Longtime continuing education instructor James Neufeld is trying to save the Vancouver School Boards 106-year-old program from elimination.
I help a lot of people. People can pretty much start their own business after taking my classes, said the instructor of more than 20 years who teaches web design and Photoshop.
Neufeld said one of his students compared similar courses offered by other institutions and told him his VSB classes were more in-depth and cheaper.
For the second year in a row, senior board management has recommended eliminating continuing education to help balance its budget. The program would end as of Aug. 30.
Neufeld has created a Facebook group called Save the VSB continuing education in response. Eighty-three people had joined as of Monday afternoon. Most are students, Neufeld said.
Im just trying to gather all the students together and as many teachers as I can together so that we can formulate ways to improve CE and also make it known to the trustees that there is huge support for this, he said.
Neufeld said advocates for continuing education should email board trustees.
The districts preliminary budget report notes the program continues to operate at a deficit and is not part of the districts core services of a K-12 educational system.
District staff report other organizations are interested in offering VSB continuing education courses and potentially renting school space. Staff estimate eliminating the program would save the district $615,000 annually, if it includes $150,000 in rental income, but due to transition costs the district would save $399,000 in 2013/14.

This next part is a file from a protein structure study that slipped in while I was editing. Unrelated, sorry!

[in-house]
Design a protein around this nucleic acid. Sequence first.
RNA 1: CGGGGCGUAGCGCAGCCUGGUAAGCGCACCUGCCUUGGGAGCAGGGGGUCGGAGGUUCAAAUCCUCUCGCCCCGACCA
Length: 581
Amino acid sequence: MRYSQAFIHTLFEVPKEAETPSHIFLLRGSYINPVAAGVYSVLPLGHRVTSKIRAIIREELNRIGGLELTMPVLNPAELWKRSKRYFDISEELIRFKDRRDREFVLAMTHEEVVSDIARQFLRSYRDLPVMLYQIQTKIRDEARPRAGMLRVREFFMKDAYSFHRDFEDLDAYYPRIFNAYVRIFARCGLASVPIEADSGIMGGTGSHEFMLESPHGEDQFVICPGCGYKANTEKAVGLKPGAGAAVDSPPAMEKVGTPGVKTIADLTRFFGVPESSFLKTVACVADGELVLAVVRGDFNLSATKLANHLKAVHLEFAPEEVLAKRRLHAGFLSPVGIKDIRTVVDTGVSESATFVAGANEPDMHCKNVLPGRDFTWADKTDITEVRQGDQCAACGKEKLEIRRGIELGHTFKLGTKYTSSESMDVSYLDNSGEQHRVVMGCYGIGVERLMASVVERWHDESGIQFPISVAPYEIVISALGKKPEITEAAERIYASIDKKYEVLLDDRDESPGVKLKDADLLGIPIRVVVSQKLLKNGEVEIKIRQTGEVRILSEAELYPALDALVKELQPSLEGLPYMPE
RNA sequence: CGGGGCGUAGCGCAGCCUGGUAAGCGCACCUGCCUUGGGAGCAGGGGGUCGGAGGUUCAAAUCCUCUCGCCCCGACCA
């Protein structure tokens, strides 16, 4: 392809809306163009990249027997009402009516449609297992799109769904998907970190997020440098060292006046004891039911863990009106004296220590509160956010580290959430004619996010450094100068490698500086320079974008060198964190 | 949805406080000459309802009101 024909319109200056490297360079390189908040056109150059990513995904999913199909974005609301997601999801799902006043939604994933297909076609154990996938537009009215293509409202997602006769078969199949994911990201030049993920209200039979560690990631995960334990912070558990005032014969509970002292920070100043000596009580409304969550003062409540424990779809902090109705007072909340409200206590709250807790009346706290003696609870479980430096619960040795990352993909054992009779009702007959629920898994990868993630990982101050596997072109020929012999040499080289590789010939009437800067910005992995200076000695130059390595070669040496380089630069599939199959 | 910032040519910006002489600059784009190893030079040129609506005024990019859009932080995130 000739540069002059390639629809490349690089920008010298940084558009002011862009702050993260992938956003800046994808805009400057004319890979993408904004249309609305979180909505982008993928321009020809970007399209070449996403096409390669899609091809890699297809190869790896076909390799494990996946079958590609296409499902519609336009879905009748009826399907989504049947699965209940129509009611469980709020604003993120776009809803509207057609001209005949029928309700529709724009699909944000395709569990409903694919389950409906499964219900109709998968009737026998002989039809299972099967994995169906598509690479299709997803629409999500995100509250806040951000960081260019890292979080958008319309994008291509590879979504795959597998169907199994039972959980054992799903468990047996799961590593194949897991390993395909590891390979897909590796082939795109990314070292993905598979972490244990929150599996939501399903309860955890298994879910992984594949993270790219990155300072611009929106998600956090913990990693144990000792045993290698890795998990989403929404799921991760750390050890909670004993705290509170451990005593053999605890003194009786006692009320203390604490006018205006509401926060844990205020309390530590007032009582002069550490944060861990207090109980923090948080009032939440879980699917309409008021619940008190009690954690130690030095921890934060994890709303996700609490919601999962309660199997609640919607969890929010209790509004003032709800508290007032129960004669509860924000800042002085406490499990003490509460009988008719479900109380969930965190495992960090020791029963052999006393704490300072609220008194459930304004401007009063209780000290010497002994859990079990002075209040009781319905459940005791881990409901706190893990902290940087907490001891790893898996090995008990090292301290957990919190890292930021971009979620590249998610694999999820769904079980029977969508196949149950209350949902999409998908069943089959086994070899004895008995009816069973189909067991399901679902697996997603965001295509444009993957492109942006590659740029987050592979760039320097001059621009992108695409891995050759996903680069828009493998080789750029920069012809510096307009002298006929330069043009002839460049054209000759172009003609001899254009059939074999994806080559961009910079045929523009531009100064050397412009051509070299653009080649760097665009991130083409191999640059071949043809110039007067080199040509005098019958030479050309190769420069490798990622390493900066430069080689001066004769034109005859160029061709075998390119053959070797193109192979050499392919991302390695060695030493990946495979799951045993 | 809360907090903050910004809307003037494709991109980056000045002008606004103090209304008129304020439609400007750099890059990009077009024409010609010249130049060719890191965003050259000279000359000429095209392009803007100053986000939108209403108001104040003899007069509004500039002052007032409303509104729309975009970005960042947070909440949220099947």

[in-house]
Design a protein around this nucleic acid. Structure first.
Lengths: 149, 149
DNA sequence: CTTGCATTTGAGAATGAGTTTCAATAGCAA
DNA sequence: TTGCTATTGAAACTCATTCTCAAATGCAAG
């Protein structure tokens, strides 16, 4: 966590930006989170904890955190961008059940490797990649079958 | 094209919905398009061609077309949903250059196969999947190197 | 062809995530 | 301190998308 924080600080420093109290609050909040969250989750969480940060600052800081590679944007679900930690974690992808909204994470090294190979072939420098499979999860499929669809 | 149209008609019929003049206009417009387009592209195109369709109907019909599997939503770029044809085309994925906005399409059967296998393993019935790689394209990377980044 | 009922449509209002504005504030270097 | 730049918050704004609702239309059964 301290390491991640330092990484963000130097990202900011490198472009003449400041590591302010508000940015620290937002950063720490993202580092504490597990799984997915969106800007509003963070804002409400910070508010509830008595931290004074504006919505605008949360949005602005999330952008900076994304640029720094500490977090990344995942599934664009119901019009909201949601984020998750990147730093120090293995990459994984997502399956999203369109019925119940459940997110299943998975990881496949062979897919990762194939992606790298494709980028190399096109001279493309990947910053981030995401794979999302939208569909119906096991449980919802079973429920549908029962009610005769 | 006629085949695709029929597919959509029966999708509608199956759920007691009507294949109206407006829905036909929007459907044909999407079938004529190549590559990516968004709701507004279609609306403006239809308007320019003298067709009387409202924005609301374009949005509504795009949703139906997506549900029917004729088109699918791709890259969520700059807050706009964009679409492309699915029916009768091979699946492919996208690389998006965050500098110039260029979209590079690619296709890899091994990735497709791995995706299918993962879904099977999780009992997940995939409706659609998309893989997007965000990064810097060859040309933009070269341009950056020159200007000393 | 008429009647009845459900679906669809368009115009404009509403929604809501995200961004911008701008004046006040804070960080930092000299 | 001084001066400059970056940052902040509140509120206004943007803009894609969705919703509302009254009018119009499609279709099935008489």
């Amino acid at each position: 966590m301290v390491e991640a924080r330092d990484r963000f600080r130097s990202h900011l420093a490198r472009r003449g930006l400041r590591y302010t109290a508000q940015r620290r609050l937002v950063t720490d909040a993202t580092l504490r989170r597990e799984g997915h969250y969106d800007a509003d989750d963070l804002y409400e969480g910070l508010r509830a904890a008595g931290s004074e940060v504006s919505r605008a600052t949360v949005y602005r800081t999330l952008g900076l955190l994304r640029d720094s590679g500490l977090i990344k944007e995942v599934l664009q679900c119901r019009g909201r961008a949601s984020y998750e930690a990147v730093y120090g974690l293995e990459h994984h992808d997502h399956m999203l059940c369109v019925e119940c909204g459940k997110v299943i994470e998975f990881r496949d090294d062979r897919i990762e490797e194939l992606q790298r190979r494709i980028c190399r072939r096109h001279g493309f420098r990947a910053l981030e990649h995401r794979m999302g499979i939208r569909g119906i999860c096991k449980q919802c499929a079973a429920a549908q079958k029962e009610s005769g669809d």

The school board revamped its continuing education website and flyer last year and hired consultants to publicize its courses. The district increased fees and dropped courses with low enrolment.
Continuing education saw a deficit of $470,892 in 2008/09, $256,234 in 2009/10, $219,765 in 2010/2011 and $366,505 for last year. The projected deficit for 2012/13 is $196,155.
Continuing education adult English as a second language teacher Sonia Sara said the program continues to lack a presence on Facebook, Twitter and YouTube and the print flyer should be more widely distributed. She believes high school students in arts and business should be assigned projects to help boost its classes.
Kurt Heinrich, VSB public relations manager, said continuing education lacks the resources to manage a Twitter account.
Both continuing education instructors and Vision Vancouver trustee Mike Lombardi believe more time is needed to revitalize the program.
Neufeld says continuing education made money for the district in the 1980s through to the early 2000s, but a rainy day fund was never put into place.
Sara recalls lineups around the block for ESL courses, but those ended when the Ministry of Education stopped giving money to districts that offered ESL.
Continuing education program coordinator Andy Gauthier confirmed the more than $100,000 continuing education received from the province for ESL courses did much to boost continuing education prior to 2001.
School board chair Patti Bacchus said shes heard the most concern about the cancellation of ESL courses. An ESL teacher at a finance meeting Monday night told her killing the program would create a gap in ESL offerings.
Neufeld believes management should look elsewhere for cuts.
Were a small drop in the bucket in terms of the whole budget for the Vancouver School Board, he said.
The Vancouver School Board is facing a funding shortfall of $7.91 million and is required to submit a balanced budget to the province. Public input on the revised budget will be sought April 24. The board will make its final decisions on the budget April 29.